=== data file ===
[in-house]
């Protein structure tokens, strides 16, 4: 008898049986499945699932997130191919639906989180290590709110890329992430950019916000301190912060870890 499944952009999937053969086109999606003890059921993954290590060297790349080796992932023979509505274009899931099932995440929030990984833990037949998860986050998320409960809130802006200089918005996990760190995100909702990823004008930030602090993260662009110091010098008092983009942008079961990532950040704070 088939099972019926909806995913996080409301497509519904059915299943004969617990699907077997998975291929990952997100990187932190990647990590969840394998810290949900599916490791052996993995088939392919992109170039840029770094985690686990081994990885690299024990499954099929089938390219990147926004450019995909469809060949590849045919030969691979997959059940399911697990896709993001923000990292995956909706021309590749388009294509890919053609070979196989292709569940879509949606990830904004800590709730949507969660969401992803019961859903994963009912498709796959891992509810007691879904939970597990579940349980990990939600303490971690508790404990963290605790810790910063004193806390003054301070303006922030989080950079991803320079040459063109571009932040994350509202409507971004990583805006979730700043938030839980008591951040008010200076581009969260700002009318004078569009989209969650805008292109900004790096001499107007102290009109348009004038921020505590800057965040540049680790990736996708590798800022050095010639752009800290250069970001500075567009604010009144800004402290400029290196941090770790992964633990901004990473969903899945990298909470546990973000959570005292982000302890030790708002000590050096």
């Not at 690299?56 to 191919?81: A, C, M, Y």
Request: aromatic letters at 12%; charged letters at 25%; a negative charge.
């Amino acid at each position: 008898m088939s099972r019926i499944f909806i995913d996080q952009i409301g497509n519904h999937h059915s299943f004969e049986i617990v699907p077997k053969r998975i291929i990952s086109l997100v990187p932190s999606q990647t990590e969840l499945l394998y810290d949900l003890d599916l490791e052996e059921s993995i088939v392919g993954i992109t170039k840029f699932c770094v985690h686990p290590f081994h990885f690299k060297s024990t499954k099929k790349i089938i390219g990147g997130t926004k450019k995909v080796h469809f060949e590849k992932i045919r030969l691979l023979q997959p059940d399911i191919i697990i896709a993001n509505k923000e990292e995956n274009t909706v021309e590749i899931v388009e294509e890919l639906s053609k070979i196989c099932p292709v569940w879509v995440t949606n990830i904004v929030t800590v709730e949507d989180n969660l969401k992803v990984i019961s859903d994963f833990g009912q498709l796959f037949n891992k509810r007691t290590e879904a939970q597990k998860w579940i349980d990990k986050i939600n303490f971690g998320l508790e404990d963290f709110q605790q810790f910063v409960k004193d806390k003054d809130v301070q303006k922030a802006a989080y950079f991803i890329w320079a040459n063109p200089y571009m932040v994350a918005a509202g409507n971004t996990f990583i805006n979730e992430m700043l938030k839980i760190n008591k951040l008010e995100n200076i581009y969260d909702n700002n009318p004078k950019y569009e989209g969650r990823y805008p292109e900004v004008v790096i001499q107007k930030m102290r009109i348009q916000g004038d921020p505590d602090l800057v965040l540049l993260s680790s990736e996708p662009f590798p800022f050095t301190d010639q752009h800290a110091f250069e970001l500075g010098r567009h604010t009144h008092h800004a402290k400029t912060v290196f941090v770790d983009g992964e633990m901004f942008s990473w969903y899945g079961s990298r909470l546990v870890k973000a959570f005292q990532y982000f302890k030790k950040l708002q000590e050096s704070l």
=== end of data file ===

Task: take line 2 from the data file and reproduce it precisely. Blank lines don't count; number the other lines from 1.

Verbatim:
């Protein structure tokens, strides 16, 4: 008898049986499945699932997130191919639906989180290590709110890329992430950019916000301190912060870890 499944952009999937053969086109999606003890059921993954290590060297790349080796992932023979509505274009899931099932995440929030990984833990037949998860986050998320409960809130802006200089918005996990760190995100909702990823004008930030602090993260662009110091010098008092983009942008079961990532950040704070 088939099972019926909806995913996080409301497509519904059915299943004969617990699907077997998975291929990952997100990187932190990647990590969840394998810290949900599916490791052996993995088939392919992109170039840029770094985690686990081994990885690299024990499954099929089938390219990147926004450019995909469809060949590849045919030969691979997959059940399911697990896709993001923000990292995956909706021309590749388009294509890919053609070979196989292709569940879509949606990830904004800590709730949507969660969401992803019961859903994963009912498709796959891992509810007691879904939970597990579940349980990990939600303490971690508790404990963290605790810790910063004193806390003054301070303006922030989080950079991803320079040459063109571009932040994350509202409507971004990583805006979730700043938030839980008591951040008010200076581009969260700002009318004078569009989209969650805008292109900004790096001499107007102290009109348009004038921020505590800057965040540049680790990736996708590798800022050095010639752009800290250069970001500075567009604010009144800004402290400029290196941090770790992964633990901004990473969903899945990298909470546990973000959570005292982000302890030790708002000590050096």